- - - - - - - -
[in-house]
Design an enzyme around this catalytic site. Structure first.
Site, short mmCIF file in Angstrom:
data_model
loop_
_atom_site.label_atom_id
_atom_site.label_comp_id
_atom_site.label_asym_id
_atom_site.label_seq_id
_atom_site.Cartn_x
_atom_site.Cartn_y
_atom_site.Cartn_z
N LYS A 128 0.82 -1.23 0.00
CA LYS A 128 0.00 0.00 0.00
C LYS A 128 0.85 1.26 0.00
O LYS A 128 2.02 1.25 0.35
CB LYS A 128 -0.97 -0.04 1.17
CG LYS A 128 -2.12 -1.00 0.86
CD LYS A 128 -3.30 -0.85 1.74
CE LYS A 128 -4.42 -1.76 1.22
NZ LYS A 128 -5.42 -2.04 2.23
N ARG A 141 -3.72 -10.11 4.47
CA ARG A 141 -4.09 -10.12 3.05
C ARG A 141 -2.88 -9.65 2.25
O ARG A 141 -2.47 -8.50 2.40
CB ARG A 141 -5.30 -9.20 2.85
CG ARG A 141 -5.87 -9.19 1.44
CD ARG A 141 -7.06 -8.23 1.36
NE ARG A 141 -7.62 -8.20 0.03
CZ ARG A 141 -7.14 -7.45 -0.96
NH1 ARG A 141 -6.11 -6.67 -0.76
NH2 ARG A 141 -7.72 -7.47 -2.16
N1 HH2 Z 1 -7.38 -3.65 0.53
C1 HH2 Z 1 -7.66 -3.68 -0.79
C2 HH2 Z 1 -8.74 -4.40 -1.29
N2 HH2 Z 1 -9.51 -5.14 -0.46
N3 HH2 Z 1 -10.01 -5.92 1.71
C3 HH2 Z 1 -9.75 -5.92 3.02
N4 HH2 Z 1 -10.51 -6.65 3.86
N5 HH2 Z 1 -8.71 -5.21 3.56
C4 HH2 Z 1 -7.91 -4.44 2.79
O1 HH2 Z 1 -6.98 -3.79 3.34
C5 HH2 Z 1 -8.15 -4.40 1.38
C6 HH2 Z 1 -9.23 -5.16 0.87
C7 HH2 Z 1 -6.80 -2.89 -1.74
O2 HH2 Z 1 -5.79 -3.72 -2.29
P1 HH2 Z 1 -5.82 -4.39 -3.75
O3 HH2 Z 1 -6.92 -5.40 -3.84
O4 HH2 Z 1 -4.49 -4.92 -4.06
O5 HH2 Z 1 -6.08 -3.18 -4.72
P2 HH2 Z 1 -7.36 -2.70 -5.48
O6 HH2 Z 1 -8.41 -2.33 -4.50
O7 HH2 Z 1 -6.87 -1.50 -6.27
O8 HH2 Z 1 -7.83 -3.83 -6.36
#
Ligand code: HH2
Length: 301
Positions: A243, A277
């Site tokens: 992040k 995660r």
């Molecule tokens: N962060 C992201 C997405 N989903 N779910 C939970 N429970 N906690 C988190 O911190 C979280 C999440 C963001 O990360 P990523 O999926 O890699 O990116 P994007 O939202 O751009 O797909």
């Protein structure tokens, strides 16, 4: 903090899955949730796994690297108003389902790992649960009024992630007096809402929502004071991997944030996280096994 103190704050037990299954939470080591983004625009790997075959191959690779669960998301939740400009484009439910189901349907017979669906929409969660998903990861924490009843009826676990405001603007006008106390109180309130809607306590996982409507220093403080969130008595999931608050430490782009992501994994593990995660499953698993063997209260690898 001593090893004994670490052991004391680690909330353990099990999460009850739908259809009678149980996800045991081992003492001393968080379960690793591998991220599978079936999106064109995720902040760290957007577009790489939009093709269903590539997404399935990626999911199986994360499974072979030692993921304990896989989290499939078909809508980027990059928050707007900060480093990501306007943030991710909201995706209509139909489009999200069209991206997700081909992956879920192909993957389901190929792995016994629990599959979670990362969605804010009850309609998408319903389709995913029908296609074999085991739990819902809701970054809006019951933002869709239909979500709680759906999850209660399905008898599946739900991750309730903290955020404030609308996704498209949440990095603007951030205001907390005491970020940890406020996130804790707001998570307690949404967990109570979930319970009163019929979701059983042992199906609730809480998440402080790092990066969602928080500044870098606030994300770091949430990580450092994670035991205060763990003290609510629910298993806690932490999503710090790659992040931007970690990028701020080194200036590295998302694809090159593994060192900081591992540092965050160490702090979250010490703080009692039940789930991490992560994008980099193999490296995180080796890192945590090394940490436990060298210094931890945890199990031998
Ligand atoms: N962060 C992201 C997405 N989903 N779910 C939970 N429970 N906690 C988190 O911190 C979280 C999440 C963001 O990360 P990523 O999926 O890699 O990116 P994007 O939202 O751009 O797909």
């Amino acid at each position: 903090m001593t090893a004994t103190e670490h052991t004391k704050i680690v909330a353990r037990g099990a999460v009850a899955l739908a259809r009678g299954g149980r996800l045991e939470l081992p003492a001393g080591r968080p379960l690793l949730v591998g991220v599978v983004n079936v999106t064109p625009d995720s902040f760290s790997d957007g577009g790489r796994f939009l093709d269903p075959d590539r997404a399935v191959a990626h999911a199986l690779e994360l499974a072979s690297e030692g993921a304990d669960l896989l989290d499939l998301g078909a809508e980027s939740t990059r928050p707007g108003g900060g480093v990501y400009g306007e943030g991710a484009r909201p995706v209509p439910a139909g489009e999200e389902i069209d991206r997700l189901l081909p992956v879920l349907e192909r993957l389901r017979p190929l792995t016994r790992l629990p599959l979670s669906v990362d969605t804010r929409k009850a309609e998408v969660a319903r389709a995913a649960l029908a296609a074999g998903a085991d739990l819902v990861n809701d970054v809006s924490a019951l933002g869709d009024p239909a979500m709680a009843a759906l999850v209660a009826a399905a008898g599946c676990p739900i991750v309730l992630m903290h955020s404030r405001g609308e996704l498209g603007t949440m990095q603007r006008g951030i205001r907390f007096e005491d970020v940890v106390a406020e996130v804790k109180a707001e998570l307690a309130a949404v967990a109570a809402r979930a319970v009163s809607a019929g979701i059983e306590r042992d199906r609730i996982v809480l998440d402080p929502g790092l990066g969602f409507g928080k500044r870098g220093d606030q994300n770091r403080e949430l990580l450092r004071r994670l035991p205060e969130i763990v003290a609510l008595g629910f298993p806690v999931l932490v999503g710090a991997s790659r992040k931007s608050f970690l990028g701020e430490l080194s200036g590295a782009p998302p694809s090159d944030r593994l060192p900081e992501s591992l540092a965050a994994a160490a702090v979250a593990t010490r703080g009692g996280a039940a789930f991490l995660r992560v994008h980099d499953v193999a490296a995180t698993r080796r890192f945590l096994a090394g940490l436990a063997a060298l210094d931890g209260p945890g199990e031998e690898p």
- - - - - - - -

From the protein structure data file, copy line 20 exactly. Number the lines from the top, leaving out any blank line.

CE LYS A 128 -4.42 -1.76 1.22